Space expertise improves racing cars’ performance
Washington: High-performance racing cars are now driving more smoothly than before, thanks to space-ready rubber from ESA spacecraft.
Toulon-based French company SMAC specializes in finely tuned rubber formulations that cushion sensitive machinery everywhere, from space to the racetrack.
“They’re very high-damping materials. They have been used in everything from space missions to aeronautics and even auto racing,” said CEO Philippe Robert.
In space, special SMAC materials are used to reduce pyrotechnic shocks – basically, the explosions that jolt a satellite when it’s launched atop a rocket or when explosive couplings release.
“When you have pyro-bolts or any pyrotechnic device, they create a lot of energy in a very short time. Engineers are concerned you could break sensitive items with a high-frequency shock,” Philippe noted.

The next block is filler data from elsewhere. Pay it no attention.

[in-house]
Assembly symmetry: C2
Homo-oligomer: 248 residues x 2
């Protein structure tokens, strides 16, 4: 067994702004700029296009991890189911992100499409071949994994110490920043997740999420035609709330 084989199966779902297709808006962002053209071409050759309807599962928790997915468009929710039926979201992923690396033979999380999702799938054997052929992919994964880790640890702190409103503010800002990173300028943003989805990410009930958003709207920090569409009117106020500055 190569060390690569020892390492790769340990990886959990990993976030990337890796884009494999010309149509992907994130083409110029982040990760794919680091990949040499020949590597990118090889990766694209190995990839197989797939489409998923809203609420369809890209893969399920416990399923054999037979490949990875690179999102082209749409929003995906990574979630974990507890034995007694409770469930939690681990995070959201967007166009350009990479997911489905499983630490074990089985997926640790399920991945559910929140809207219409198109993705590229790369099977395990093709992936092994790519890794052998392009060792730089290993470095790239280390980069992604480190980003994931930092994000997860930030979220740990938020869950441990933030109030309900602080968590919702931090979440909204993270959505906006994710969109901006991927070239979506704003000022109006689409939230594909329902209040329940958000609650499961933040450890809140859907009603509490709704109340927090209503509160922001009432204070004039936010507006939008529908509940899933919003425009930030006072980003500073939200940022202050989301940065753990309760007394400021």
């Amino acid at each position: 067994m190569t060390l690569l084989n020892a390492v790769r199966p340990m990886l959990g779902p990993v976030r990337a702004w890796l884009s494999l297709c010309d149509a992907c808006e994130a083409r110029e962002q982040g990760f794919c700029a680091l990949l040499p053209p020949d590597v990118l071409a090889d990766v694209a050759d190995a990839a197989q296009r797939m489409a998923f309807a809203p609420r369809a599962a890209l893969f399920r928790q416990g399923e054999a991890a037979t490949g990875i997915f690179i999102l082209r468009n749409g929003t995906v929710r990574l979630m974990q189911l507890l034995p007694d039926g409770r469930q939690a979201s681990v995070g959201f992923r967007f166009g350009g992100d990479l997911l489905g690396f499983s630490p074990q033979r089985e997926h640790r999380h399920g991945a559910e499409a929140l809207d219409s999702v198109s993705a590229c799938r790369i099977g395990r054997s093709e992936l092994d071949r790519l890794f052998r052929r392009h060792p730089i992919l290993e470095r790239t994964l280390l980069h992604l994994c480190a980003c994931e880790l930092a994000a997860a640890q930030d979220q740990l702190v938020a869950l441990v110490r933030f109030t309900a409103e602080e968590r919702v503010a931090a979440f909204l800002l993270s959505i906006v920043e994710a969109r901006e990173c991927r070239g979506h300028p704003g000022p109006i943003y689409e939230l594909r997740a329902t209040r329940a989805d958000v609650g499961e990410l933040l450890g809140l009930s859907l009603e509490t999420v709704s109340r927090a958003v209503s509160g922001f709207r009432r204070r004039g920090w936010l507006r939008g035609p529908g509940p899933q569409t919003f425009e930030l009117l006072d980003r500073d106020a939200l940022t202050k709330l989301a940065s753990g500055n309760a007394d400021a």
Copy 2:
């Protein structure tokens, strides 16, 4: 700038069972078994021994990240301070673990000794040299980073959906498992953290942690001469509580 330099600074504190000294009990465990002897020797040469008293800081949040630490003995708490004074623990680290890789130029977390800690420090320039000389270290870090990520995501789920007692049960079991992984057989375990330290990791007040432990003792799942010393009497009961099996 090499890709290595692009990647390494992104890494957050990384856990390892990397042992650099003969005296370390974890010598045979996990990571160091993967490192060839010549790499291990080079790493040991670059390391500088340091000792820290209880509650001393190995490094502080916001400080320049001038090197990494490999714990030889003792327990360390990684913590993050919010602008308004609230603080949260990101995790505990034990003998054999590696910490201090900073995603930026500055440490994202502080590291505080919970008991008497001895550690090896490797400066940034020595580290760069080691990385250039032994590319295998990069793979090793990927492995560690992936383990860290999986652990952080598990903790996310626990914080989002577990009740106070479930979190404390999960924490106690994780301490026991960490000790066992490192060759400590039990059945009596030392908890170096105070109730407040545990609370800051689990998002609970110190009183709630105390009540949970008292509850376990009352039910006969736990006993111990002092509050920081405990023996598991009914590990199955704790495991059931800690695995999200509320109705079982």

Another way the special materials are used in orbit is to eliminate the tiny vibrations caused by a satellite’s moving parts. Such vibrations might throw off the measurements of a sensitive device or result in blurry images of the cosmos.
ESA has worked with SMAC to develop damping technology for the Agency’s Expert reentry test craft and the solar array of the Automated Transfer Vehicle responsible for resupplying the International Space Station.
“Expert used the anti-vibration mounts or dampers on three different sets of equipment: the inertial measurement unit, the power control and distribution unit, and the beacon,” said Anthony Thirkettle, Expert Principal Mechanical Engineer in ESA.
“They reduce the mechanical loads coming from the launcher to levels that the equipment was designed and qualified for,” he added.
Based on the knowhow from developing Smactane certified by ESA for use in space, the company has produced other rubber materials for non-space applications.
Smacbumb is being used to rocket Formula 1 cars along the world’s racetracks. The exact composition of both types, Philippe said, is proprietary.
The 650 kg high-performance machines sometimes drive 800 km in a race weekend, exceeding 300 km/h. The high stresses and speeds also make them ideal testbeds for any high technology, including the materials developed by SMAC.
“With our rubber parts, they get better performance and better tuning. It’s costly, but it appears it is a very important part in terms of the handling of the car,” Philippe said.
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